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  • Exploring the journeys of early Chinese Australians (SBS)
Following the formal apology made by Premier Daniel Andrews MP on behalf of the Victorian Government in May 2017 for past discrimination which forced Chinese migrants to make the trek, the opening of the exhibition at the Melbourne Immigration Museum, "From Robe to Chinese Fortunes" , focuses back to 160 years ago.
23 Aug 2017 - 3:05 PM  UPDATED 23 Aug 2017 - 3:05 PM

Created by the Museum of Australian Democracy at Eureka (MADE), and the Chinese Community Council of Australian Victoria (CCCAV), the exhibition explores the spirit of determination of thousands of Chinese men who walked from Robe in the south east of South Australia on astonishing journeys to the Victorian goldfields.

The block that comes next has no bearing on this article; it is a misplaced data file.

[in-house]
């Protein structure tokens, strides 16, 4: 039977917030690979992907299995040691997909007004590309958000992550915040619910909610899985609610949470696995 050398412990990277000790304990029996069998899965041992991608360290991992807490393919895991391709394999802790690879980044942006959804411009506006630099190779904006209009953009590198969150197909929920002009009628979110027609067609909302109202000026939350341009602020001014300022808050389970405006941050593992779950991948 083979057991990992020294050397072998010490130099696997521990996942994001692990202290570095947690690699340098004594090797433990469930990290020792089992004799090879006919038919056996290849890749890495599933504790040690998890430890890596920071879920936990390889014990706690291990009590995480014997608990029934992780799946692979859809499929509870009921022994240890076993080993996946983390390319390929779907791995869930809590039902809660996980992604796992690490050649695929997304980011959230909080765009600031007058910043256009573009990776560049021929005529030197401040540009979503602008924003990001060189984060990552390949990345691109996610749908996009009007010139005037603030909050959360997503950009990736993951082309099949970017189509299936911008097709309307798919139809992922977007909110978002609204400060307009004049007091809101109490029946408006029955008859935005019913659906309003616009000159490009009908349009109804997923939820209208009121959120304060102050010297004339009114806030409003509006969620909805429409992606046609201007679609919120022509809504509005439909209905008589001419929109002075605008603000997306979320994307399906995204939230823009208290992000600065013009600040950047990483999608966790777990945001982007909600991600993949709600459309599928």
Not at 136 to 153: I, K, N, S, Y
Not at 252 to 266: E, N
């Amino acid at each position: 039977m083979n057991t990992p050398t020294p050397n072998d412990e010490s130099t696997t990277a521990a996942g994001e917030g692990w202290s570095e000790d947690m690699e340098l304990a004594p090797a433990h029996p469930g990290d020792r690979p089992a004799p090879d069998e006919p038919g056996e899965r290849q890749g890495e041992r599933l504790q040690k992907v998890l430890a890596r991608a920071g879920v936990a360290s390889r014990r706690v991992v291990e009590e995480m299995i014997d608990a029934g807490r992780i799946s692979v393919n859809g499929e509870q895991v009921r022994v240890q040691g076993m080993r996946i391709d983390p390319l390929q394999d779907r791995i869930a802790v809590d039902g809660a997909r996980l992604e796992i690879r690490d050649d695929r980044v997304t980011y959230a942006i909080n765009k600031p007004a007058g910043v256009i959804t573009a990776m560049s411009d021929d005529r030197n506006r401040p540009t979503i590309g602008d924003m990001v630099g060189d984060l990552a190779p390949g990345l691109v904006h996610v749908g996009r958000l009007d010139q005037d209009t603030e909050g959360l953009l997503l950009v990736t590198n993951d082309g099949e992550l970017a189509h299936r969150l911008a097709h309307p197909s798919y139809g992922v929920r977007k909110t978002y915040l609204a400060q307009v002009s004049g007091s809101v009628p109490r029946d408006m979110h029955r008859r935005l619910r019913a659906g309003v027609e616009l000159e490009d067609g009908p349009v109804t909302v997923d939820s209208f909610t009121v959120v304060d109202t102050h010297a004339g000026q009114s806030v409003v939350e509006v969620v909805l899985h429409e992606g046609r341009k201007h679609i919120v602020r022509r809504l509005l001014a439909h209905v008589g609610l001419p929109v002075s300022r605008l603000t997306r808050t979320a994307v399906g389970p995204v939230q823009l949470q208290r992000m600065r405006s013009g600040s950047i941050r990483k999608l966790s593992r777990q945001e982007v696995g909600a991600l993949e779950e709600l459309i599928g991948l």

Chair of CCCAV Advisory Committee, Hong Lim MP, said, “This Exhibition would go a long way to commemorate the bravery, tenacity, resilience, sacrifice and suffering of those Chinese gold seekers, who walked from Robe 160 years ago. It also acknowledges the significant role and contribution of Chinese to the development and prosperity Victoria and Australia since that time."

Victorian Multicultural Affairs Minister, Robin Scott, says there was an unfounded fear of Chinese migrants at the time.

"This is a very important exhibition because it shows part of Australia's story -- part of the story where we were once a community that discriminated against others overtly through state policy.”

Discriminatory taxes imposed by the colonies pre-Federation forced Chinese passengers to land in Adelaide or Sydney ports and walk to the goldfields, or pay £10 poll tax.

This May, Premier Daniel Andrews MP on behalf of the Victorian Government apologized for it.

Items on display include ornate cutlery used by early Chinese migrants and, as curator Cash Brown explains, elaborate garments handwoven for special occasions.

This exhibition will continue on till March 4, 2018.